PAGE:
One of the greatest things about the Nintendo Switch is the fine precision vibration system (aka HD Rumble). This game makes zero use of it. Much like games of old when vibration was just a gimmick – this game just triggers a hit of vibration when you’re struck by something. Reminds me of playing with the Nintendo DS’s “rumble pack” – on or off; and when on, it is too strong. Intensity based on the type of hit, vibrations based on direction of hit – some easy wins on using the system’s unique feature. Note: you can turn it off completely in the options, but what fun is that?
Finally, there is a double edged sword to discuss. The overwhelming preponderance of stats and data. Everywhere you look (including around the ship itself) there is stuff – gauges, values, scores and more. These shooters are intense – and while I simply LOVE a huge amount of data available, sometimes I just want to be in “the zone” … zen. I can’t be zen with the ship’s stats covering my view. Or having grids and gauges distracting me. Sometimes? I just want to shoot stuff – tell me how I did when it is over.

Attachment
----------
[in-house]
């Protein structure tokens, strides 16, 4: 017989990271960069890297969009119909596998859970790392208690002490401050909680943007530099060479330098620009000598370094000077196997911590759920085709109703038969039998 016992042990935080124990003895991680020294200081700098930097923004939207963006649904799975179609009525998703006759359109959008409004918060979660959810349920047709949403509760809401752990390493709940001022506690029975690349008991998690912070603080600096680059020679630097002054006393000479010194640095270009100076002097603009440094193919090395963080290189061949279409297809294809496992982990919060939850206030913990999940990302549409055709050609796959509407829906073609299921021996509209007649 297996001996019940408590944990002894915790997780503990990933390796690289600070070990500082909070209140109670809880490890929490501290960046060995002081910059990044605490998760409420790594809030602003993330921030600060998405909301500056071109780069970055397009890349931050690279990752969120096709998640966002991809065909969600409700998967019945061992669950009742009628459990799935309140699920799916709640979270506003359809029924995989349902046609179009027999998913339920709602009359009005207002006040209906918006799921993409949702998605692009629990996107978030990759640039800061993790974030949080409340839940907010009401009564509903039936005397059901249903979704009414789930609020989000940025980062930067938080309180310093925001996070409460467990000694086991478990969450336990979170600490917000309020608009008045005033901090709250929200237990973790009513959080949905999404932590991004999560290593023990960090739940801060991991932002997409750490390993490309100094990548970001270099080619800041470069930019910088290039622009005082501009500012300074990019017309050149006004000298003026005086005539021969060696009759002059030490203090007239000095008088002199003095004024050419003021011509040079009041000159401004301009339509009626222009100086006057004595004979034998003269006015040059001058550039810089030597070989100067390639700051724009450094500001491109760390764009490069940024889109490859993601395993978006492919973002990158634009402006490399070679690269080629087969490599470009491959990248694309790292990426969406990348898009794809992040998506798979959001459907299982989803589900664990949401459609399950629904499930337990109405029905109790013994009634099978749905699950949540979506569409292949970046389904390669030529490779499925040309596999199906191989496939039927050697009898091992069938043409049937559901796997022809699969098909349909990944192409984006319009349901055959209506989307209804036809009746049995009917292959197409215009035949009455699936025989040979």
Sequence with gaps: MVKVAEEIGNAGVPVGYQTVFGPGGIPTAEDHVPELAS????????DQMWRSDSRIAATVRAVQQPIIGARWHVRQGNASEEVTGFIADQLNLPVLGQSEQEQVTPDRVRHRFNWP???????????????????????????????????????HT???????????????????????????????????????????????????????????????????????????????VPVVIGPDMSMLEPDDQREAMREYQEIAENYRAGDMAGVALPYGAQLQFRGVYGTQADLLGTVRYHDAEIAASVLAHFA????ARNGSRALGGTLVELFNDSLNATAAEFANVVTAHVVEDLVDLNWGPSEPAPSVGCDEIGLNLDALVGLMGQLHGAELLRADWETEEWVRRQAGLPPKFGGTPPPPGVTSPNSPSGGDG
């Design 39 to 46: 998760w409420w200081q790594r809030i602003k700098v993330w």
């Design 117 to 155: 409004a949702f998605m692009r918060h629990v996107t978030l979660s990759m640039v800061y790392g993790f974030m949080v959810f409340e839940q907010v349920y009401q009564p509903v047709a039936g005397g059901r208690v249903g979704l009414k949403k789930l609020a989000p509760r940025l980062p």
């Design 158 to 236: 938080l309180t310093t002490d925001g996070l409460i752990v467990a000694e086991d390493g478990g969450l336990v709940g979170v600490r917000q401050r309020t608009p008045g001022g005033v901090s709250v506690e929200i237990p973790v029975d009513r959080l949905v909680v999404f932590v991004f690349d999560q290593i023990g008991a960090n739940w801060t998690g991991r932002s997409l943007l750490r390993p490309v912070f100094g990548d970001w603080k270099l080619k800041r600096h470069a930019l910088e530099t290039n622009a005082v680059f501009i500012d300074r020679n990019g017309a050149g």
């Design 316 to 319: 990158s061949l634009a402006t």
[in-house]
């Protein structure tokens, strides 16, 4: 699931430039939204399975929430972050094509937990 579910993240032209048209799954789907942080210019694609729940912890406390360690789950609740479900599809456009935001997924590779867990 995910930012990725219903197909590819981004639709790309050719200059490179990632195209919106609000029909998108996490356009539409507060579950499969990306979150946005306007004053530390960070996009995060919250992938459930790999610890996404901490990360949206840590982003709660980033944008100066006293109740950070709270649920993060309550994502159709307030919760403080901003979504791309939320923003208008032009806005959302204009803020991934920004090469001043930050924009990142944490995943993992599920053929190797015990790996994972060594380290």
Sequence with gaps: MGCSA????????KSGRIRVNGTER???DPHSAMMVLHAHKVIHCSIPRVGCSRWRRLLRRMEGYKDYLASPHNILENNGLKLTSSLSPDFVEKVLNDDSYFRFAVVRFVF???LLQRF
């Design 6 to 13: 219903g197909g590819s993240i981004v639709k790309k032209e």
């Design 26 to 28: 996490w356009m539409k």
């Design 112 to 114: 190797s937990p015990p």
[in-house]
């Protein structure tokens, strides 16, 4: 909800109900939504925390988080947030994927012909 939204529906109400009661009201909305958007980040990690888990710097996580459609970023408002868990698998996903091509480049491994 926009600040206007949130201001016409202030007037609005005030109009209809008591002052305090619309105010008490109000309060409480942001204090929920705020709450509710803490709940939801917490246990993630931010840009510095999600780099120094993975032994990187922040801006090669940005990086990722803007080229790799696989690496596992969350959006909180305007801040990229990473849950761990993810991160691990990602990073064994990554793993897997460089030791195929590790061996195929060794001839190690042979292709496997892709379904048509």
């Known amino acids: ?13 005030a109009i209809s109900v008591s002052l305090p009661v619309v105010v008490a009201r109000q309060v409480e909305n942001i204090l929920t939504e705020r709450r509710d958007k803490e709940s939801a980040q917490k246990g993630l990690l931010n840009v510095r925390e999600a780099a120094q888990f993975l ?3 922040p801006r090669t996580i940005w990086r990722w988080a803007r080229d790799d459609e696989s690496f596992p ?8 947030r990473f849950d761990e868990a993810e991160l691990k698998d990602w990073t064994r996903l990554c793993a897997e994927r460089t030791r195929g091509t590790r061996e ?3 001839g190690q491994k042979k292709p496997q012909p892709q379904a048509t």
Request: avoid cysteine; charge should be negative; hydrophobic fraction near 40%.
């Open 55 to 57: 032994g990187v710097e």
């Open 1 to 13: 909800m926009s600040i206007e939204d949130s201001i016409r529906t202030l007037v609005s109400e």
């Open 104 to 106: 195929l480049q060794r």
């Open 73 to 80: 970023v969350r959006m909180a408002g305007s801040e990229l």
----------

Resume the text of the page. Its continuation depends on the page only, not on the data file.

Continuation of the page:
Listen, if you’re still reading this review instead of buying, downloading and playing this game? I have failed to impart how much I love it.
It is easy to pass off my excitement about this game as merely a lack of selection – after all, there aren’t any other vector-based twin stick shooters to pick from.
Truth is? A couple niggles aside, this is one great game. The price is right, the play is solid, the presentation is polished as hell – and the developer has been communicative and responsive to fans and their requests and ideas. It plays equally well docked and portable (nearly an impossibility on the platform, honestly). You can play effectively with any combo of controllers.
I suspect we haven’t heard the last from this developer … and I can’t wait.